## 6 Conclusion

By deriving the HP memristor with a single stair, the staircase memristor model is investigated in this paper based on the delayed-switching effect and the experimental results of discovered memristors. The simulation results are very similar to the recently discovered ferroelectric memristors. A comparison of the staircase memristor model and HP memristor model is given to inspect the distinctions between them. The staircase memristor model is assumed to have multiple regions and each region has a delayed-switching effect. Before the threshold of a region is reached, the staircase memristor model remains at a somewhat stable state. By varying the parameters, the features of regions can be modified according to different characteristic of staircase memristors which will result in different staircase scenarios. The proposed CNN structure with memristor-based local connections is adapted to ESNs in order to reduce the connection complexity. By modifying the connections, neurons in the reservoir of a ESN are locally connected in the form of the proposed CNN structure rather than randomly or fully connected. Without optimization of the proposed memristive ESN, its performance in the benchmark test is comparable with the original ESN. However, there exists some limitation of practical memristors and staircase memristors. In fact, current practical staircase memristors, such as [3, 5, 27] can only have limited multilevel resistance. Therefore, for resistance beyond these levels, the accuracy must be concerned and evaluated in the future. Another example of limitations is the switching frequency. Because of the delayed-switching effect of staircase memristors, switching a memristor takes place with a time delay which will affect applications which require a high switching frequency. Since the memristor is still in the early stage compared to other emerging technology, these limitations might be improved and overcomed in the future. Therefore, using memristors in building local connections in CNN and ESN circuits is worth discussing to enjoy the benefits of memristors such as high density and low power consumption. Overall, the results given in this paper demonstrate the potential of memristors in bio-inspired electrical and electronic circuits.

## Notes

### Acknowledgments

The authors would like to thank Prof. Chua for his support and help on our work. We also would like to thank Prof. Jones and Dr. Corinto for giving us great help and comments.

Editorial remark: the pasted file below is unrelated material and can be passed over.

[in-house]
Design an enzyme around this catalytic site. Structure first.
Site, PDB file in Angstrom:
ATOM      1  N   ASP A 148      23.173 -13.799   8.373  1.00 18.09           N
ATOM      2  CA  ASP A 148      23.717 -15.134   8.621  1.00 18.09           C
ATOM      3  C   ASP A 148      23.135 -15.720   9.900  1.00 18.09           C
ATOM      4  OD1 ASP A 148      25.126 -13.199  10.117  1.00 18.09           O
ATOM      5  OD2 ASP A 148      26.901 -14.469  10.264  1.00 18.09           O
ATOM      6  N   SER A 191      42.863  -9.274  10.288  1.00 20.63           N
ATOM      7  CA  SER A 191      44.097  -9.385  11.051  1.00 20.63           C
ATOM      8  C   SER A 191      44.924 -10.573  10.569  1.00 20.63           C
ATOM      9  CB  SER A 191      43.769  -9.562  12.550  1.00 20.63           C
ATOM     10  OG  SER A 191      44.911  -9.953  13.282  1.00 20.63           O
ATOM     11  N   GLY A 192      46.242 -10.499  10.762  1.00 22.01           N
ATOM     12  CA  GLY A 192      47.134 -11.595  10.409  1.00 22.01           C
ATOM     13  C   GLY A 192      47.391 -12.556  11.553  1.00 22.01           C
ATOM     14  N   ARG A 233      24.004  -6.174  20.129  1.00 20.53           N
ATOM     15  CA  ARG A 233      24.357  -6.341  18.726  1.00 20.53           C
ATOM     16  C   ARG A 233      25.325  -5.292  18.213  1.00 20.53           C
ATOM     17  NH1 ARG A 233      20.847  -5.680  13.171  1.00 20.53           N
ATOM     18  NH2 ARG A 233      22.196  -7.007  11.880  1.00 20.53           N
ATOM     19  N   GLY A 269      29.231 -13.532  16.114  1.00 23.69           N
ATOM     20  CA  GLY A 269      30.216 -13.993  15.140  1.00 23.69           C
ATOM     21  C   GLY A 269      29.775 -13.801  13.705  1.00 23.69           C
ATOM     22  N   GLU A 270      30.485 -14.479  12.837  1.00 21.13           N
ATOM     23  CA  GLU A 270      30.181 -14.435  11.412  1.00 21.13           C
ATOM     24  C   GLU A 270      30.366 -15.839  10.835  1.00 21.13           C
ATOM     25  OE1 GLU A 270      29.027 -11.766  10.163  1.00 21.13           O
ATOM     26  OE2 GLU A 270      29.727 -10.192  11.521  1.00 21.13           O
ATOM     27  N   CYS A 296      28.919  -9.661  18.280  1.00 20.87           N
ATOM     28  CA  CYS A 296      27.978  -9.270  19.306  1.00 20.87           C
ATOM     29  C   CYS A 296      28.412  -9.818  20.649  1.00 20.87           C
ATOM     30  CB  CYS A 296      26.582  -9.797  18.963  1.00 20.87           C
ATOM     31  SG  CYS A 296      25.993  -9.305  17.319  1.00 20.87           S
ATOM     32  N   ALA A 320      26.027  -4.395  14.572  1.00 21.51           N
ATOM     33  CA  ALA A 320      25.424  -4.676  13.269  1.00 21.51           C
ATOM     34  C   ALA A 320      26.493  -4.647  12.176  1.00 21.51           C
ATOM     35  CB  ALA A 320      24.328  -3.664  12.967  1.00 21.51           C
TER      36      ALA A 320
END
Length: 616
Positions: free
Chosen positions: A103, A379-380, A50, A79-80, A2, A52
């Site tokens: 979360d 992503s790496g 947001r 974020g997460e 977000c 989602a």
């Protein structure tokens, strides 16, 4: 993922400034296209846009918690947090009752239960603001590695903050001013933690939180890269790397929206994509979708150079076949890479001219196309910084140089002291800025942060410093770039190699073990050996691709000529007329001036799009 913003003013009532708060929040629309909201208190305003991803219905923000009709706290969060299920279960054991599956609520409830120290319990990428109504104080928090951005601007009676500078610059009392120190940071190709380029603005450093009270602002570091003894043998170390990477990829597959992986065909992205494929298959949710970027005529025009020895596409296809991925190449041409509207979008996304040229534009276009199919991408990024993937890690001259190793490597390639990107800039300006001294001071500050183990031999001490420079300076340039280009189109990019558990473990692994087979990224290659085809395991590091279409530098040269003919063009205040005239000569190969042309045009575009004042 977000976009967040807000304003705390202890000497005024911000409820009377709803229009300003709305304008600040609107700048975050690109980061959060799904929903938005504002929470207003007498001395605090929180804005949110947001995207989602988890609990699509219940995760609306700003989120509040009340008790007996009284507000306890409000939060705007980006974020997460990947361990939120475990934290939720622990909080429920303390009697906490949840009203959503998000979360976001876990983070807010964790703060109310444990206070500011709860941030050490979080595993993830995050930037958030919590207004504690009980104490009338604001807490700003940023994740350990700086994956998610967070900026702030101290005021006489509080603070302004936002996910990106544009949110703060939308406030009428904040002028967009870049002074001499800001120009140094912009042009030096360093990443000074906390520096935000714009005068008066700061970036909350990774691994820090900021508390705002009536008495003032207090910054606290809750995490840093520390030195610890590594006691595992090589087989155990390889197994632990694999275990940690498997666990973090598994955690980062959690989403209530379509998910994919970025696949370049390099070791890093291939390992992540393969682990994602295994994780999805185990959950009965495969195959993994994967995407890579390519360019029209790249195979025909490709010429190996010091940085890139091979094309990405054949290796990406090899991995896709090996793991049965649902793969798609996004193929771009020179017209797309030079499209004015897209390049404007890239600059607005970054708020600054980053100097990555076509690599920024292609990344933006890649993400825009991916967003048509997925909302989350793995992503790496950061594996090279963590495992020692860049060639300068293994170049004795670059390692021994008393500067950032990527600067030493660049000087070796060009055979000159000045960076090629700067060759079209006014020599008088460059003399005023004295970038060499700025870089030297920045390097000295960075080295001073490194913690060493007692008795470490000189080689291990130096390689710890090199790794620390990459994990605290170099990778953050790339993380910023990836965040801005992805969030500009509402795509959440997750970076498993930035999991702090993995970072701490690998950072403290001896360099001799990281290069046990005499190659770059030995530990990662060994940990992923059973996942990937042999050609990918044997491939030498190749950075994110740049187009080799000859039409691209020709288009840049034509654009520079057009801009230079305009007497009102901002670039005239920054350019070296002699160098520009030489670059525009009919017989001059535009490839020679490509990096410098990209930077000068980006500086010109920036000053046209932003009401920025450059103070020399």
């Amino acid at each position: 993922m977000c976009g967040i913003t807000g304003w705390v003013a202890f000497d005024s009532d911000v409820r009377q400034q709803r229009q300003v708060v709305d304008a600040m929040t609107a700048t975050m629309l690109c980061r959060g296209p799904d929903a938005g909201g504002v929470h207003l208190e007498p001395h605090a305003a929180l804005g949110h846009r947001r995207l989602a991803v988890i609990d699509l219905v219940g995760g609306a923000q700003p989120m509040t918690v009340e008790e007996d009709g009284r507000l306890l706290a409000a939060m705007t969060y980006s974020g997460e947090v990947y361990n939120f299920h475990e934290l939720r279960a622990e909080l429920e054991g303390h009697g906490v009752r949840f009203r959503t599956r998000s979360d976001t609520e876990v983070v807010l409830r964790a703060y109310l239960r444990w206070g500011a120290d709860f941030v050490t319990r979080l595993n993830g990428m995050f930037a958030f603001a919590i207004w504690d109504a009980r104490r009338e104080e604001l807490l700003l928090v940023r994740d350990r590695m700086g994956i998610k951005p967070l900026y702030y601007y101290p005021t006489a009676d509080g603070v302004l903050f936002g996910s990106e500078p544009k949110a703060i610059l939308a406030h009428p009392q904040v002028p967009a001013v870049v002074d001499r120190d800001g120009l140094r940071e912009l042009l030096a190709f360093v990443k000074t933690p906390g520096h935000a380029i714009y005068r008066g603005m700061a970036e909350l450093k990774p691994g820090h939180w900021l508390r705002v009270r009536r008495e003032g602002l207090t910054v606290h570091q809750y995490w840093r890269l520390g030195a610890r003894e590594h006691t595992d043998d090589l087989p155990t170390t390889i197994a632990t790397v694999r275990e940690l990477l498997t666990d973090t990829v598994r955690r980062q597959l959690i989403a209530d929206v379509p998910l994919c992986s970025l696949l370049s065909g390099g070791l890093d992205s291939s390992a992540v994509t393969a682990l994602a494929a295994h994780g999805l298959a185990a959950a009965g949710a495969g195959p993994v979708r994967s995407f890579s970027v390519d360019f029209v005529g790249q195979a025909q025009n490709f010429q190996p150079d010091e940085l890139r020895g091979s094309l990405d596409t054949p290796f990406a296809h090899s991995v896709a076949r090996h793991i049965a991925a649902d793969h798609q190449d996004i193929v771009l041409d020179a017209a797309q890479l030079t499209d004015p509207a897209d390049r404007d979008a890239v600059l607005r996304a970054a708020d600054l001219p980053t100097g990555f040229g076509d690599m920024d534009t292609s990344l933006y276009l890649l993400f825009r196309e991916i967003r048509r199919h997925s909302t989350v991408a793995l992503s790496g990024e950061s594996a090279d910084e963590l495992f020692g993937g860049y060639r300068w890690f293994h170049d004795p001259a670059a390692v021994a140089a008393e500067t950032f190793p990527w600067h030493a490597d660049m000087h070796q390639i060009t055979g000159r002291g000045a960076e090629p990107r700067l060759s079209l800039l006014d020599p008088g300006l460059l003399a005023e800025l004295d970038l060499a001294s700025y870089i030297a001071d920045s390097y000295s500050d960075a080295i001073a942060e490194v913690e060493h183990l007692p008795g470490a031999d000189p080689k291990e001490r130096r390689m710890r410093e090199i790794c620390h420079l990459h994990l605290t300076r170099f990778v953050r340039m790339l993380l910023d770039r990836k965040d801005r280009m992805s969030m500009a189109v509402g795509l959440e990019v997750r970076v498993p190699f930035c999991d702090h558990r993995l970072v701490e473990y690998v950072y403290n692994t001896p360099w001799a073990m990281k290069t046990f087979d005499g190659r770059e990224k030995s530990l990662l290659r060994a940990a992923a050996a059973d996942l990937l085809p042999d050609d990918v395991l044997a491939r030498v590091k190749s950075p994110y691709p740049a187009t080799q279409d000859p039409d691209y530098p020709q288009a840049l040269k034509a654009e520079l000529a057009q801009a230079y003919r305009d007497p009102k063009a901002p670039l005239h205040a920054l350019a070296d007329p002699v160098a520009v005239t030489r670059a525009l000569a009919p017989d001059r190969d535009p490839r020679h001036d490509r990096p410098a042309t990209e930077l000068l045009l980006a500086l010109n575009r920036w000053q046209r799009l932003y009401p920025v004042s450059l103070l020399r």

## References

- 1.Biolek, Z., Biolek, D., & Biolkova, V. (2009). SPICE model of memristor with nonlinear dopant drift.
*Radioengineering*,*18*(2), 210–214.Google Scholar - 2.Borghetti, J., Snider, G. S., Kuekes, P. J., Yang, J. J., Stewart, D. R., & Williams, R. S. (2010). ‘memristive’switches enable ‘stateful’logic operations via material implication.
*Nature*,*464*(7290), 873–876.CrossRefGoogle Scholar - 3.Chang, Y. F., Chang, T. C., & Chang, C. Y. (2011). Investigation statistics of bipolar multilevel memristive mechanism and characterizations in a thin \(FeO_x\) transition layer of \(TiN/SiO_2/FeO_x/Fe\) structure.
*Journal of Applied Physics*,*110*(5), 053703.CrossRefGoogle Scholar - 4.Chang, T., Jo, S. H., Kim, K. H., Sheridan, P., Gaba, S., & Lu, W. (2011). Synaptic behaviors and modeling of a metal oxide memristive device.
*Applied Physics A*,*102*(4), 857–863.CrossRefGoogle Scholar - 5.Chanthbouala, A., Garcia, V., Cherifi, R. O., Bouzehouane, K., Fusil, S., Moya, X., et al. (2012). A ferroelectric memristor.
*Nature Materials*,*11*(10), 860–864.CrossRefGoogle Scholar - 6.Chen, Y. J., Chang, K. C., Chang, T. C., Chen, H. L., Young, T. F., Tsai, T. M., et al. (2014). Resistance switching induced by hydrogen and oxygen in diamond-like carbon memristor.
*Electron Device Letters, IEEE*,*35*(1), 1016–1018.CrossRefGoogle Scholar - 7.Chen, W., Yang, X., & Wang, F. Z. (2013). Delayed switching applied to memristor content addressable memory cell.
*Proceedings of the World Congress on Engineering*,*1*, 354–357.MathSciNetGoogle Scholar - 8.Chua, L. (1971). Memristor. the missing circuit element.
*IEEE Transactions on Circuit Theory*,*18*(5), 507–519.CrossRefGoogle Scholar - 9.Chua, L. (2011). Resistance switching memories are memristors.
*Applied Physics A: Materials Science and Processing*,*102*, 765–783.CrossRefzbMATHGoogle Scholar - 10.Chua, L., & Kang, S. M. (1976). Memristive devices and systems.
*Proceedings of the IEEE*,*64*(2), 209–223.MathSciNetCrossRefGoogle Scholar - 11.Chua, L., & Yang, L. (1988). Cellular neural networks: theory.